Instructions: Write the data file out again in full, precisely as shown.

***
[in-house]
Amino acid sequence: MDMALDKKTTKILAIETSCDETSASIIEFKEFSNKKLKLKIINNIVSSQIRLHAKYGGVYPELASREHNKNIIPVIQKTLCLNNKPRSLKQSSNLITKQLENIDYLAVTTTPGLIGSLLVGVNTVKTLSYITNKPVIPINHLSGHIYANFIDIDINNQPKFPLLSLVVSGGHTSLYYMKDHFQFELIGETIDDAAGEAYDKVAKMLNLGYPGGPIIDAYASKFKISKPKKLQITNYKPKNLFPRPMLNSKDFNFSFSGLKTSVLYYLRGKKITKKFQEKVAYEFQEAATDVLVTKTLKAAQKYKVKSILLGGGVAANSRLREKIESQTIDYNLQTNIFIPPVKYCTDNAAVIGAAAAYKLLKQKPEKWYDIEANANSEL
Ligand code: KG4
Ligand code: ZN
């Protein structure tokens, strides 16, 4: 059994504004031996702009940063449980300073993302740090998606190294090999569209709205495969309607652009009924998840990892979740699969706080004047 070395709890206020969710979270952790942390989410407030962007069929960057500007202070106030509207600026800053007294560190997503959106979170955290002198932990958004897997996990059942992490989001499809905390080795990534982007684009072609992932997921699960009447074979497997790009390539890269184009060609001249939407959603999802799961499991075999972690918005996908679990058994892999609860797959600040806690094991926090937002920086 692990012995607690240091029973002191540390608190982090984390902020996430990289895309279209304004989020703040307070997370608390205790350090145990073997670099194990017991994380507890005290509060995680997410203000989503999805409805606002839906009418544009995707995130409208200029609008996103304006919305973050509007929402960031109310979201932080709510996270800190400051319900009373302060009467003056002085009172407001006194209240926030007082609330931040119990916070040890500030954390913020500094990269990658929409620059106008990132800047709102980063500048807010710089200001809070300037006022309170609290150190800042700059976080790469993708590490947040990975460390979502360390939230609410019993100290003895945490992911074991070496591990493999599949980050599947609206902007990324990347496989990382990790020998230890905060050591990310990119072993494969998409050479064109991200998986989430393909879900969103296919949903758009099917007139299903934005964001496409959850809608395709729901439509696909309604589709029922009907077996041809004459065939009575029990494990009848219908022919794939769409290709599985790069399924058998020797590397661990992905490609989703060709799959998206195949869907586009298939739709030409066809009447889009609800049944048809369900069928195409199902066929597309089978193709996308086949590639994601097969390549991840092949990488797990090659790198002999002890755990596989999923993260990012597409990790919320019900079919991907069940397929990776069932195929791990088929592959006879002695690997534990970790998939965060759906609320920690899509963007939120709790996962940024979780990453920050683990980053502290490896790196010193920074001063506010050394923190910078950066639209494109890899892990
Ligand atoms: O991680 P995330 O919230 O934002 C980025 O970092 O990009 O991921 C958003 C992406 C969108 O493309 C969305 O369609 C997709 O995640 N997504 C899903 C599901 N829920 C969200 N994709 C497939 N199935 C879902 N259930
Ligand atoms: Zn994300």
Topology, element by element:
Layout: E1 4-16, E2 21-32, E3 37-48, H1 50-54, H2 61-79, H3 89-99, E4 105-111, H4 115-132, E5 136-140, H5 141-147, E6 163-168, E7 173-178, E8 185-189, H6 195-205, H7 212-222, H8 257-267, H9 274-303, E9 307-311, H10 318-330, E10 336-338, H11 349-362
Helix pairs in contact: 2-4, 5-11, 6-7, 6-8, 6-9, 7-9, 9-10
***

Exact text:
[in-house]
Amino acid sequence: MDMALDKKTTKILAIETSCDETSASIIEFKEFSNKKLKLKIINNIVSSQIRLHAKYGGVYPELASREHNKNIIPVIQKTLCLNNKPRSLKQSSNLITKQLENIDYLAVTTTPGLIGSLLVGVNTVKTLSYITNKPVIPINHLSGHIYANFIDIDINNQPKFPLLSLVVSGGHTSLYYMKDHFQFELIGETIDDAAGEAYDKVAKMLNLGYPGGPIIDAYASKFKISKPKKLQITNYKPKNLFPRPMLNSKDFNFSFSGLKTSVLYYLRGKKITKKFQEKVAYEFQEAATDVLVTKTLKAAQKYKVKSILLGGGVAANSRLREKIESQTIDYNLQTNIFIPPVKYCTDNAAVIGAAAAYKLLKQKPEKWYDIEANANSEL
Ligand code: KG4
Ligand code: ZN
């Protein structure tokens, strides 16, 4: 059994504004031996702009940063449980300073993302740090998606190294090999569209709205495969309607652009009924998840990892979740699969706080004047 070395709890206020969710979270952790942390989410407030962007069929960057500007202070106030509207600026800053007294560190997503959106979170955290002198932990958004897997996990059942992490989001499809905390080795990534982007684009072609992932997921699960009447074979497997790009390539890269184009060609001249939407959603999802799961499991075999972690918005996908679990058994892999609860797959600040806690094991926090937002920086 692990012995607690240091029973002191540390608190982090984390902020996430990289895309279209304004989020703040307070997370608390205790350090145990073997670099194990017991994380507890005290509060995680997410203000989503999805409805606002839906009418544009995707995130409208200029609008996103304006919305973050509007929402960031109310979201932080709510996270800190400051319900009373302060009467003056002085009172407001006194209240926030007082609330931040119990916070040890500030954390913020500094990269990658929409620059106008990132800047709102980063500048807010710089200001809070300037006022309170609290150190800042700059976080790469993708590490947040990975460390979502360390939230609410019993100290003895945490992911074991070496591990493999599949980050599947609206902007990324990347496989990382990790020998230890905060050591990310990119072993494969998409050479064109991200998986989430393909879900969103296919949903758009099917007139299903934005964001496409959850809608395709729901439509696909309604589709029922009907077996041809004459065939009575029990494990009848219908022919794939769409290709599985790069399924058998020797590397661990992905490609989703060709799959998206195949869907586009298939739709030409066809009447889009609800049944048809369900069928195409199902066929597309089978193709996308086949590639994601097969390549991840092949990488797990090659790198002999002890755990596989999923993260990012597409990790919320019900079919991907069940397929990776069932195929791990088929592959006879002695690997534990970790998939965060759906609320920690899509963007939120709790996962940024979780990453920050683990980053502290490896790196010193920074001063506010050394923190910078950066639209494109890899892990
Ligand atoms: O991680 P995330 O919230 O934002 C980025 O970092 O990009 O991921 C958003 C992406 C969108 O493309 C969305 O369609 C997709 O995640 N997504 C899903 C599901 N829920 C969200 N994709 C497939 N199935 C879902 N259930
Ligand atoms: Zn994300």
Topology, element by element:
Layout: E1 4-16, E2 21-32, E3 37-48, H1 50-54, H2 61-79, H3 89-99, E4 105-111, H4 115-132, E5 136-140, H5 141-147, E6 163-168, E7 173-178, E8 185-189, H6 195-205, H7 212-222, H8 257-267, H9 274-303, E9 307-311, H10 318-330, E10 336-338, H11 349-362
Helix pairs in contact: 2-4, 5-11, 6-7, 6-8, 6-9, 7-9, 9-10